Red Hat leaders deny allegations, made in a Wall Street Journal report, that the company would refuse to support Red Hat Enterprise Linux on non-Red Hat versions of OpenStack.
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Red Hat is about to refuse support to customers who implement a version of the OpenStack cloud other than its own, according to a Wall Street Journal report Tuesday. The Journal's report was based on what it said were internal Red Hat documents. Red Hat immediately disputed the claim.
"In its quest to sell OpenStack, Red Hat has chosen not to provide support to its commercial Linux customers if they use rival versions of OpenStack, according to documents reviewed by The Wall Street Journal," said a report posted late Tuesday to the newspaper's website.
But Red Hat president Paul Cormier in a blog Wednesday said the report is incorrect. "To be clear, users are free to deploy Red Hat Enterprise Linux [RHEL] with any OpenStack offering, and there is no requirement to use our OpenStack technologies to get a Red Hat Enterprise Linux subscription," Cormier wrote, directly rebutting the report. Both the WSJ report and Cormier's rejoinder came in the middle of an OpenStack Summit in Atlanta this week. Red Hat is a sponsor of the event.
Nevertheless, there was enough smoke associated with the WSJ story to prompt an outpouring of fiery comments from customers, partners, and OpenStack collaborators. And Cormier himself indicated Red Hat believed OpenStack would run RHEL workloads best if customers adhered to the Red Hat distribution of OpenStack. RHEL and its cloud software "are developed, built, integrated, and supported together to create Red Hat Enterprise Linux OpenStack Platform. This requires tight feature and fix alignment between the kernel, the hypervisor, and OpenStack services."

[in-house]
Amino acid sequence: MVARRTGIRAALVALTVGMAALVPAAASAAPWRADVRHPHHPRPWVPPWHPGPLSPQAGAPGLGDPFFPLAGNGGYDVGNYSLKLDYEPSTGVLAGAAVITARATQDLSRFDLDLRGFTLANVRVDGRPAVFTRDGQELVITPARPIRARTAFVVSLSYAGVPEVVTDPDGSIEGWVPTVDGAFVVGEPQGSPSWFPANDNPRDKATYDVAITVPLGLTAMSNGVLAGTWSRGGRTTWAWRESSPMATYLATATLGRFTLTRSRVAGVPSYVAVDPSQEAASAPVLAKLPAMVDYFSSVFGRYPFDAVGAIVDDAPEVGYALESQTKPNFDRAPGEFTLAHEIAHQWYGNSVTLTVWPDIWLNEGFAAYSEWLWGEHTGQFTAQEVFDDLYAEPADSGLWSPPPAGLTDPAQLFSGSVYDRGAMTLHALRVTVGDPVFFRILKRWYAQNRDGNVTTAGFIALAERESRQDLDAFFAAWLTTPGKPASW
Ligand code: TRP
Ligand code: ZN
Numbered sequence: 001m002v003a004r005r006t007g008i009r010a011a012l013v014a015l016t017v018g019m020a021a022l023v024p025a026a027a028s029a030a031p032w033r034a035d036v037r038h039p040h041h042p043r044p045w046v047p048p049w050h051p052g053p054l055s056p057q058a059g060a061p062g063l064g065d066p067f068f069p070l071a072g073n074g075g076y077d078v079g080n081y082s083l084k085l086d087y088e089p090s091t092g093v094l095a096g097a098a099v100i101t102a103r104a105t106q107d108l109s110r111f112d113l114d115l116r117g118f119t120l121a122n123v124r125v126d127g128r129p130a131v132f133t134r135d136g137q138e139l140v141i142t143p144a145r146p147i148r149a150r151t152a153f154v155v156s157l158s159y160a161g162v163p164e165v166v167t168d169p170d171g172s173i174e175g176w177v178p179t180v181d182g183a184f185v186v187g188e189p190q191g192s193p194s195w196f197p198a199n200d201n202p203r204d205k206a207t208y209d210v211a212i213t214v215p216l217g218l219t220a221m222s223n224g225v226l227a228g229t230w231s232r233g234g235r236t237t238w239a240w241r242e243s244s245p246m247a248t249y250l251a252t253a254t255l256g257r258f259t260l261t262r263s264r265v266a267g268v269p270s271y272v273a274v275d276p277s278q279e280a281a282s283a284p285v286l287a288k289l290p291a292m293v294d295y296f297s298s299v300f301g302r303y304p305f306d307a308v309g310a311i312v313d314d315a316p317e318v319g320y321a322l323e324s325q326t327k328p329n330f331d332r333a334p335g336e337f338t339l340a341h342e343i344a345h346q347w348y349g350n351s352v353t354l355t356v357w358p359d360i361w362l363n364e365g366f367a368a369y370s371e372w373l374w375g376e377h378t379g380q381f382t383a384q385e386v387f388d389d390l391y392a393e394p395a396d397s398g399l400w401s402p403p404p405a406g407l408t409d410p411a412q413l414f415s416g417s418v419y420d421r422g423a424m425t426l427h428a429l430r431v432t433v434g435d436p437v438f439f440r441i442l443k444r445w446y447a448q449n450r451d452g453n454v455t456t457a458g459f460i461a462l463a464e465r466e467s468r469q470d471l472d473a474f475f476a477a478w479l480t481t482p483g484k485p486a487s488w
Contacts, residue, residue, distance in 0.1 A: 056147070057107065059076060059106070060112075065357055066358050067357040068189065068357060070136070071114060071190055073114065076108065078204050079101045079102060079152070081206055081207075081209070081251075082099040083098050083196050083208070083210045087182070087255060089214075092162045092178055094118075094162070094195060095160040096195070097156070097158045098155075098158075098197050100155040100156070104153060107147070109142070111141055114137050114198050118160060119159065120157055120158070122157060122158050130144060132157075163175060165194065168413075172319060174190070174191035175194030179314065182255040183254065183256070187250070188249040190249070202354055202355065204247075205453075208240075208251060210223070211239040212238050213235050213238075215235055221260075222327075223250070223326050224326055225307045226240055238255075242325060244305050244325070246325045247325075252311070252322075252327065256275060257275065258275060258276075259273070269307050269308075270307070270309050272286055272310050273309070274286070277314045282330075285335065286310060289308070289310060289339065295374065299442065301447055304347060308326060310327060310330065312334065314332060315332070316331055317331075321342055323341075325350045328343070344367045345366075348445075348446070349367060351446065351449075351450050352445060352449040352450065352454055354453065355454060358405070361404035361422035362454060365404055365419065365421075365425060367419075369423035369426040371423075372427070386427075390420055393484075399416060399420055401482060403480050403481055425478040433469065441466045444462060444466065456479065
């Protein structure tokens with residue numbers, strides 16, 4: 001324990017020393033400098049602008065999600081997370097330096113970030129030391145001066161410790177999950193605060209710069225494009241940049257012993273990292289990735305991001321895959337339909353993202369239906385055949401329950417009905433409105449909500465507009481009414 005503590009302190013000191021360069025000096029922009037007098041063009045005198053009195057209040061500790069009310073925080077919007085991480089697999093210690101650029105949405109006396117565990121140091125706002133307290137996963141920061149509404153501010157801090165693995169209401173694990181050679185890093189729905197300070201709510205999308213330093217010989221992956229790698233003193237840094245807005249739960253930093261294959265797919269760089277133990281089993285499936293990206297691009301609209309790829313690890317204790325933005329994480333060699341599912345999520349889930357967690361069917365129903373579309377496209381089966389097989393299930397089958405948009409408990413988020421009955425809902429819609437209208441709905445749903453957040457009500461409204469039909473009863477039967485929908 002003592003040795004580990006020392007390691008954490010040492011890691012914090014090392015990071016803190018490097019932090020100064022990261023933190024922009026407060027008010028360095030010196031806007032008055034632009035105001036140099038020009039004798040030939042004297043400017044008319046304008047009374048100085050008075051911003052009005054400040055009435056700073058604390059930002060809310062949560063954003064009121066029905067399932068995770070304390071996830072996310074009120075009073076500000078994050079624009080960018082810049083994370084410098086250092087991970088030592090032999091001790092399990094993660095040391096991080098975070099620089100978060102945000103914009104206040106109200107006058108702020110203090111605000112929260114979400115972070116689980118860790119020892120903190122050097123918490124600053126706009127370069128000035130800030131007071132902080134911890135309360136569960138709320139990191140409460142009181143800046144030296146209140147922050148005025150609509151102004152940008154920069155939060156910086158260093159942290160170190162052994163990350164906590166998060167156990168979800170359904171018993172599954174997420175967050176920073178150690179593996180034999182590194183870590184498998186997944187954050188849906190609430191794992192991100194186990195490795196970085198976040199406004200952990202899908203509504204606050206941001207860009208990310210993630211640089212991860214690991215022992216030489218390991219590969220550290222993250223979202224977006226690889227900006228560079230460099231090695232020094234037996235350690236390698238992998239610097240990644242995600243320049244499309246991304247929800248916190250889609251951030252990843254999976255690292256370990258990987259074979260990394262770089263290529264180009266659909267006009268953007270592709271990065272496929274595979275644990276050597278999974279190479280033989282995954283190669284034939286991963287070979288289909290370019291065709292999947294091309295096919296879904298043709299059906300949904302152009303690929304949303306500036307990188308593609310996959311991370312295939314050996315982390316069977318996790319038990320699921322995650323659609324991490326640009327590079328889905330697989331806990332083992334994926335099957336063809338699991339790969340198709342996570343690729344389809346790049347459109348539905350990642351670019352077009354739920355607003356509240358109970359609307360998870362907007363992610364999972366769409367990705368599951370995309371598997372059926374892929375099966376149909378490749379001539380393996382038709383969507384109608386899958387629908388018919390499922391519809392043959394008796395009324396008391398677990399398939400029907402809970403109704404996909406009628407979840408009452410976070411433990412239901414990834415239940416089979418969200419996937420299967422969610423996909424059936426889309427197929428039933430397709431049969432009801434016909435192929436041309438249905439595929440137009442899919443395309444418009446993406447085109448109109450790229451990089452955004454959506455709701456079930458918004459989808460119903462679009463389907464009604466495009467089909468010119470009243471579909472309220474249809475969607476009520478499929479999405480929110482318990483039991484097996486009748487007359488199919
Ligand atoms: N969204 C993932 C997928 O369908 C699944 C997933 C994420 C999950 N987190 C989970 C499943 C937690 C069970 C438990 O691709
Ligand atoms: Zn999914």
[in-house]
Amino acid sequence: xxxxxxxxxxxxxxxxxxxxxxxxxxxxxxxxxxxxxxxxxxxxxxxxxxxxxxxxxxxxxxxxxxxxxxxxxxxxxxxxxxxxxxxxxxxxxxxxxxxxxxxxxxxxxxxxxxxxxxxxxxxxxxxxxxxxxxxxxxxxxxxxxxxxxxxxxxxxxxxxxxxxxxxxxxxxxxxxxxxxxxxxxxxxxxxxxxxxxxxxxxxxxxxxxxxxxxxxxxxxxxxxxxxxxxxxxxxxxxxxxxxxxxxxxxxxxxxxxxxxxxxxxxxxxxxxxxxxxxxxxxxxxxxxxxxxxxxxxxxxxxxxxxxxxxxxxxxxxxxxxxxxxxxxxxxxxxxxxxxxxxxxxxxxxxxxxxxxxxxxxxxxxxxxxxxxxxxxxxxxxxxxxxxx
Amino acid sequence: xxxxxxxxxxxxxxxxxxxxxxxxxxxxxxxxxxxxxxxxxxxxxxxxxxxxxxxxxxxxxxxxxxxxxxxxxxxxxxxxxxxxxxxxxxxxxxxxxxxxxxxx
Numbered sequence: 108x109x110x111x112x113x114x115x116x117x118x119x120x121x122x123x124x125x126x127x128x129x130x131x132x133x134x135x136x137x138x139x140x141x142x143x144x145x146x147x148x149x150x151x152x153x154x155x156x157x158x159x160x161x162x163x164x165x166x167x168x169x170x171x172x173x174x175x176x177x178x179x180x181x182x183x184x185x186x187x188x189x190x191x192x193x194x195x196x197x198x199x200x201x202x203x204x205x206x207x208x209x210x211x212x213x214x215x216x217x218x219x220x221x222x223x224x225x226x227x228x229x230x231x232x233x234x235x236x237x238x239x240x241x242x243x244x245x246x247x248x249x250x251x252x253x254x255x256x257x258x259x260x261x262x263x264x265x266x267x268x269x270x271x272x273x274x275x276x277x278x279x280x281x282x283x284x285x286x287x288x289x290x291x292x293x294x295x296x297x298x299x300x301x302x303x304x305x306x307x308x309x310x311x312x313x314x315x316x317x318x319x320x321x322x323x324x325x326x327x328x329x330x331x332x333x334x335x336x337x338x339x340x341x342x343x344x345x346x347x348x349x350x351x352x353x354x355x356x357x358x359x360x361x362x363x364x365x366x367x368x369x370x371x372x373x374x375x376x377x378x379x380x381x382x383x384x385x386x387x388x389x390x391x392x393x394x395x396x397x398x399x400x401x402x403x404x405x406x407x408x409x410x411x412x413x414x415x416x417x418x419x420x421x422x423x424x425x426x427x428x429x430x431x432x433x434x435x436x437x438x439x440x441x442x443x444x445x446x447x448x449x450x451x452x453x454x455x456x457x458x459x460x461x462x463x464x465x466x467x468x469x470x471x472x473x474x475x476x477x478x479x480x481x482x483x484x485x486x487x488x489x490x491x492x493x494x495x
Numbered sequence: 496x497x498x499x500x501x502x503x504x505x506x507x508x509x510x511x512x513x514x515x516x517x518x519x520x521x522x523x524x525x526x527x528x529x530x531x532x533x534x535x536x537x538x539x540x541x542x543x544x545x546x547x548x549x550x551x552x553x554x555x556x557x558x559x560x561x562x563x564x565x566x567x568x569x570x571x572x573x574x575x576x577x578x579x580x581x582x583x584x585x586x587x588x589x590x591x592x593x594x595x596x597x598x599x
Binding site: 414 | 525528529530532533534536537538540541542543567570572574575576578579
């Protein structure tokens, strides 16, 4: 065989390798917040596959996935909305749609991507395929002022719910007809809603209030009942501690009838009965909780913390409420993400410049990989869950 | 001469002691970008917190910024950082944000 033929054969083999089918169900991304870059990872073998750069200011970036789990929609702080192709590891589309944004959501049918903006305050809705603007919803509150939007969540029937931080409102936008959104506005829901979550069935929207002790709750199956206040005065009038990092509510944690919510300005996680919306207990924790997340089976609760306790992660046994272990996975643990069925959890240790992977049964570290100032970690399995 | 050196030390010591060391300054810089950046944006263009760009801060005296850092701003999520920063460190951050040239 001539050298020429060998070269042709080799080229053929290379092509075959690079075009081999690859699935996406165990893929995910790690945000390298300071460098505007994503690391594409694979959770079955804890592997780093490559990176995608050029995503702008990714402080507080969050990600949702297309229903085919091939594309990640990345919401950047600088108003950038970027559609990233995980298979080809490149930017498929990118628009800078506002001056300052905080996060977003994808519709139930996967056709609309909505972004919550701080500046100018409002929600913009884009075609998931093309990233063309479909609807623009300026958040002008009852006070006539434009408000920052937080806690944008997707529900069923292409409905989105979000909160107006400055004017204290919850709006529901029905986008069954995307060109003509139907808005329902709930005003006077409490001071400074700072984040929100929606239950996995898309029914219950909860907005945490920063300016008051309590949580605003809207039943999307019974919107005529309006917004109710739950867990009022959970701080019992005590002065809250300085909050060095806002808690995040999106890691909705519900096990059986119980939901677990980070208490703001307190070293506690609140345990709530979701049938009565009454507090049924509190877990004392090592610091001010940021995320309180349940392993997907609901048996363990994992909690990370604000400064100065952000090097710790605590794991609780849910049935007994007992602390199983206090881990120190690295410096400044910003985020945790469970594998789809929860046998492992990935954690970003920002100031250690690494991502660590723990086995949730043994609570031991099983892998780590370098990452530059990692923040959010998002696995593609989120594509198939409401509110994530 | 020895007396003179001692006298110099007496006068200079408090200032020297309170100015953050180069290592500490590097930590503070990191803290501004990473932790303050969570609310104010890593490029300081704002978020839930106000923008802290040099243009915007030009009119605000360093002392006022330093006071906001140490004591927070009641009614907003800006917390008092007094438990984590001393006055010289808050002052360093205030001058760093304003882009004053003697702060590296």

The Journal quoted Martin Fink, head of HP's cloud unit, as saying: "Red Hat has taken the art form of closed open source to a new level." HP and Red Hat cooperate to provide customers with RHEL and compete with respective distributions of OpenStack open-source code. HP would like Red Hat to make it easier for HP customers to run Red Hat workloads, and not maneuver RHEL toward optimum operations only with its own OpenStack Platform.
Red Hat has an estimated 64% of the enterprise Linux market, according to market research firm IDC. Workloads sent to Amazon Web Services or Rackspace are often designated to run under RHEL because of its structured updates and quality assurance process. Some critics say that Red Hat can use its dominance of the enterprise market to force feed what supporting systems will work with RHEL, such as JBoss middleware versus competitor's offerings.
However, 87% of Red Hat's $1.5 billion in revenue last year came from sales of subscriptions to its RHEL operating system, not other software products. A subscription is basically a one-year or longer support and updates agreement.
Paul Cormier at April's Red Hat Summit 2014. (Source: Red Hat)
The Wall Street Journal article described other Red Hat moves on OpenStack and claimed they illustrate the company's desire to achieve vendor lock-in. When the OpenStack consulting firm Mirantis issued its own OpenStack distribution last October, Red Hat dissolved a joint services partnership with the firm, the WSJ said.
According to "a confidential Red Hat memo reviewed by The Wall Street Journal," Red Hat employees were instructed, "Do not work with Mirantis. We should not engage them jointly with any customers or leverage their services for delivery of our products." Red Hat had invested in Mirantis in June; the order to stop working with it came in November, according to the WSJ.
It also cited a February voicemail between Red Hat and one of its large resellers in which unnamed Red Hat senior executives had "encouraged us very strongly to not partner with Mirantis" due to "some emotional feelings. Red Hat's Cormier is cited as saying in response to WSJ's questioning
Charles Babcock is an editor-at-large for InformationWeek, having joined the publication in 2003. He is the former editor-in-chief of Digital News, former software editor of Computerworld and former technology editor of Interactive Week. He is a graduate of Syracuse ... View Full Bio
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